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IBM World Wanderers

Global integration brings new dimension to career opportunities

2009: Volume 2, Article 5

Not too long ago, most people moved from developing to mature markets when looking for better work opportunities. As the world has become "flatter," and corporations move towards a globally integrated model, those traditional trends are changing fast.

These days, companies including IBM, must move expertise and "talent" where it's needed most, depending on such factors as cost competitiveness, open business environments, and availability of skill sets. IBM's increased focus on the world's "growth" markets is one example of the company putting the "right resources in the right places - right now."

Countries in growth markets are focused on expanding infrastructures — from airports and subways to highways, buildings and stores. They are increasingly participating in the global economy, and have growing consumer populations. IBM's CEEMEA (Central & Eastern Europe, Middle East and Africa) region is a good example. It's IBM's most geographically diverse region, reaching from Vladivostok in Russia to Cape Town in South Africa.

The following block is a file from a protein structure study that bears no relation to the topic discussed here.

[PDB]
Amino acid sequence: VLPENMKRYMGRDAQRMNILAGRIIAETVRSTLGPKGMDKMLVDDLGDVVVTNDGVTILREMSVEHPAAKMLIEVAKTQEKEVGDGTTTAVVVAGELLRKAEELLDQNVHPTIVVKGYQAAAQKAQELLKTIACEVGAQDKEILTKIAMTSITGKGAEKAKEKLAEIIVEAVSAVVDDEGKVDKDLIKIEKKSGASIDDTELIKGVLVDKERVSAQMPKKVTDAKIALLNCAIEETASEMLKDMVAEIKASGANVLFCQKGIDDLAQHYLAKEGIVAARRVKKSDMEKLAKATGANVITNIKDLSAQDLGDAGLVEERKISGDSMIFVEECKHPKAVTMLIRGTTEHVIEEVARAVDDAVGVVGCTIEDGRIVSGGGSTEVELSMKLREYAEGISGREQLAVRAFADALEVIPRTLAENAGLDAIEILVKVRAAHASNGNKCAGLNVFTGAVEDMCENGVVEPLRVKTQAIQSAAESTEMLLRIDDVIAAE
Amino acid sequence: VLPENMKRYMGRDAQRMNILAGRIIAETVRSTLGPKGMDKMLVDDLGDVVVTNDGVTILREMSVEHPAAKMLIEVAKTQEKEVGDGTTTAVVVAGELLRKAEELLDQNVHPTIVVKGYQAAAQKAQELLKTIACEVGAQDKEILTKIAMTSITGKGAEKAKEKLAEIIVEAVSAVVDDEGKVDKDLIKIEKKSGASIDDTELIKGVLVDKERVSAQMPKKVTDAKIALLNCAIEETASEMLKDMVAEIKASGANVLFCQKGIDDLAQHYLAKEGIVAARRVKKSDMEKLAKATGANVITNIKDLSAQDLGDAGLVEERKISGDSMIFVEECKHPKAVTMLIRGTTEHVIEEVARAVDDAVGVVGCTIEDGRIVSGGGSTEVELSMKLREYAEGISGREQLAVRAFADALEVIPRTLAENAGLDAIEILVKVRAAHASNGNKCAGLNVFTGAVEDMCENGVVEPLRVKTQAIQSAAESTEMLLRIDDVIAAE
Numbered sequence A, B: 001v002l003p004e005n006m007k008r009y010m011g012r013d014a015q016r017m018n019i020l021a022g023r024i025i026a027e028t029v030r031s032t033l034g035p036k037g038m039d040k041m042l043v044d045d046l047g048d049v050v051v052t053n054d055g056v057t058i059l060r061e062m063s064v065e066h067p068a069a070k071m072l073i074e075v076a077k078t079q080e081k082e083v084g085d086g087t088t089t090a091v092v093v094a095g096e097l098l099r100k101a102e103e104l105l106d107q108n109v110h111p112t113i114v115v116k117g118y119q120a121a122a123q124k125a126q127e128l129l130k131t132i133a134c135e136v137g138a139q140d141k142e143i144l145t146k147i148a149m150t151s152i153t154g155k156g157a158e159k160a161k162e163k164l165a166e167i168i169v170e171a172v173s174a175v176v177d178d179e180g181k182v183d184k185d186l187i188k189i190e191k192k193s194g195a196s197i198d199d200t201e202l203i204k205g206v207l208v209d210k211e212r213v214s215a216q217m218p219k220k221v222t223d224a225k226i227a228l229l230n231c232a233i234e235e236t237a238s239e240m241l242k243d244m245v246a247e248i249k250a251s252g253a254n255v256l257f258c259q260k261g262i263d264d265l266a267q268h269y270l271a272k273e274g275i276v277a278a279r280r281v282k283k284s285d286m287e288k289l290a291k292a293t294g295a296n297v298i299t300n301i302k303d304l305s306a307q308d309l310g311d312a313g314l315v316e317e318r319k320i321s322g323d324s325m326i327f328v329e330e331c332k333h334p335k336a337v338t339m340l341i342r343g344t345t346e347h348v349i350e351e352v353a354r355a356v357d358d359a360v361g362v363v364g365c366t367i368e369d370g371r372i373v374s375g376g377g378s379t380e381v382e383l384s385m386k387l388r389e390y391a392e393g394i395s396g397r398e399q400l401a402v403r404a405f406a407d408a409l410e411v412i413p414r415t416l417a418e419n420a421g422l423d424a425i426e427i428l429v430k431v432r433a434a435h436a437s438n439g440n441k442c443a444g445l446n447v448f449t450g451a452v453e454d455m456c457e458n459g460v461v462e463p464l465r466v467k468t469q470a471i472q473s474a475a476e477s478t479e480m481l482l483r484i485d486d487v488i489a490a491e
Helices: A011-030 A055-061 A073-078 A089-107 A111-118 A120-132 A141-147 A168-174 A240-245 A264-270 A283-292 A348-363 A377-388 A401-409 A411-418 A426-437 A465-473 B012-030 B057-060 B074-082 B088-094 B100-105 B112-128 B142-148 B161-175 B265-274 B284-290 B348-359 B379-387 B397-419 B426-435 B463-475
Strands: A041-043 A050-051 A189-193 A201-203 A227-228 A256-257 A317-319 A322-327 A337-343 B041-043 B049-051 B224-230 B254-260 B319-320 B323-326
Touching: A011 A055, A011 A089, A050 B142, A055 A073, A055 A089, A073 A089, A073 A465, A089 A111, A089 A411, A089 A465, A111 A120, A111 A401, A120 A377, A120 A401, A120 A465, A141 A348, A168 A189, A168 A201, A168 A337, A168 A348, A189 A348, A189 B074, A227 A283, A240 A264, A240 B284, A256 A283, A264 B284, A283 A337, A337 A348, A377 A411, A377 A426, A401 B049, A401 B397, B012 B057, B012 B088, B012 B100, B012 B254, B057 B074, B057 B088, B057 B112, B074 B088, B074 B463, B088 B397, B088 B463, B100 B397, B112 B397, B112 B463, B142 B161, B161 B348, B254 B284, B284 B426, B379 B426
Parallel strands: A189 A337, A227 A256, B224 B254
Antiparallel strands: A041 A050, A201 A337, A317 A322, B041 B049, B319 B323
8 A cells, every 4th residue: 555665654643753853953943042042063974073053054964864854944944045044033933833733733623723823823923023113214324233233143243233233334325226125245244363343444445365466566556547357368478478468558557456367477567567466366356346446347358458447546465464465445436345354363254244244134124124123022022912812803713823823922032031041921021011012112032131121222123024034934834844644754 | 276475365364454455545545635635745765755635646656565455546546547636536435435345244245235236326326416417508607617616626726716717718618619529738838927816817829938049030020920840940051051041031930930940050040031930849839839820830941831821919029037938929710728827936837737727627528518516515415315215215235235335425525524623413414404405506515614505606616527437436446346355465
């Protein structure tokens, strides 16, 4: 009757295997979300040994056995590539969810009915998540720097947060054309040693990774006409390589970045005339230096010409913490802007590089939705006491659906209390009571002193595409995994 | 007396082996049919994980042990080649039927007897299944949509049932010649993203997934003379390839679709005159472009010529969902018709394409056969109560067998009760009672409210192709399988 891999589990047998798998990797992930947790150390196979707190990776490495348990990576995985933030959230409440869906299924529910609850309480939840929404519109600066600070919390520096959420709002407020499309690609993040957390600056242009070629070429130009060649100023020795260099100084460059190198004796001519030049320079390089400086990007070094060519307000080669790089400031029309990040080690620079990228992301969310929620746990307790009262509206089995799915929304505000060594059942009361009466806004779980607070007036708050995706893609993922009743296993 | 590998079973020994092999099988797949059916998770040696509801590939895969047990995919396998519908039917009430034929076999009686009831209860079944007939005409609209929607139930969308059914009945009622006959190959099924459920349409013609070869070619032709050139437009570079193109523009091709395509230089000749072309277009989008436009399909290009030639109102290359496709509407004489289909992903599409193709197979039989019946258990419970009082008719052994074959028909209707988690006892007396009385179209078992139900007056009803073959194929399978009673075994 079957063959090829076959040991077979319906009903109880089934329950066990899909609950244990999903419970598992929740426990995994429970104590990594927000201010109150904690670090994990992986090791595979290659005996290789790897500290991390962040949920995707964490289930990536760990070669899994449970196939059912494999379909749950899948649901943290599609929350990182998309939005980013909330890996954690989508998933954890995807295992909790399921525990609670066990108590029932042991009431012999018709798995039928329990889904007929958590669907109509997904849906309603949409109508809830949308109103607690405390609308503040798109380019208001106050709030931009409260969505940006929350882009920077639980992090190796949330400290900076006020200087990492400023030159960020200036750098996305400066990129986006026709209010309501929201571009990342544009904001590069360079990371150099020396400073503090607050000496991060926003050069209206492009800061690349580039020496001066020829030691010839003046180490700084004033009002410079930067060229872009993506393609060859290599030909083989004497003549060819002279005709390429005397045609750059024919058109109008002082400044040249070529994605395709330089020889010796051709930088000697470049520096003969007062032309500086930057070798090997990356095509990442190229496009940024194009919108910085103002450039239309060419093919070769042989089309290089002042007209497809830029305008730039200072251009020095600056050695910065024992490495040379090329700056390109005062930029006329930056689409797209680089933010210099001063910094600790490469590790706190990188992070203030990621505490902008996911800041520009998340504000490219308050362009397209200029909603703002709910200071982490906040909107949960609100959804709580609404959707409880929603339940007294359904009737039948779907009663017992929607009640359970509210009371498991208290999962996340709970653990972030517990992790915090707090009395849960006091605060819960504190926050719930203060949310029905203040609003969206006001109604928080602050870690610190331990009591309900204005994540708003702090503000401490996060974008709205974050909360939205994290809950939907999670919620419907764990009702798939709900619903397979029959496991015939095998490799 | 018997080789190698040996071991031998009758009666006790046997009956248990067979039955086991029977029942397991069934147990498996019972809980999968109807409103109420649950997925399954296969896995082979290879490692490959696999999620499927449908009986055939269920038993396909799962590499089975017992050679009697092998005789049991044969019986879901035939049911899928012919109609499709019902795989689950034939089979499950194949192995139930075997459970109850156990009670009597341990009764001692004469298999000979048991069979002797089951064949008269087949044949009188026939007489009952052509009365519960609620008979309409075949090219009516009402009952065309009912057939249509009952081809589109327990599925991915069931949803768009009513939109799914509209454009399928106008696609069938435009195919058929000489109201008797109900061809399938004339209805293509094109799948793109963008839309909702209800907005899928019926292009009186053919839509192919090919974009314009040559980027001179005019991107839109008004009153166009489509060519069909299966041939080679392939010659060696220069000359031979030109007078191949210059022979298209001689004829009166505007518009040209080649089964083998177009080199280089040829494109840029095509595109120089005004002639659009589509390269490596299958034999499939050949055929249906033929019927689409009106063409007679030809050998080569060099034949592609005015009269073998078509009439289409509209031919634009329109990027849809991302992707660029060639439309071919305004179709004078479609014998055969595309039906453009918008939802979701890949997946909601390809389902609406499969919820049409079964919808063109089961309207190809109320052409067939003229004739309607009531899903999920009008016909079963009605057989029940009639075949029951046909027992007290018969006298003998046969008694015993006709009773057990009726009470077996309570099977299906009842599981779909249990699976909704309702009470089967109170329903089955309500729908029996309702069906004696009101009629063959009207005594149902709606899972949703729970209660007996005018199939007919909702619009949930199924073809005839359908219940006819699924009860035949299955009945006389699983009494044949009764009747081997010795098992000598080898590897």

IBM is offering unique career opportunities for employees with the right skills, who are interested in relocating, to help drive growth in the CEEMEA countries, and contribute to IBM's continued success. More than ever, IBMers are now able to transform themselves into global citizens: breaking the barriers of geographic boundaries, sharing best practices, contributing to local businesses, and enriching themselves from the culture and traditions of different countries.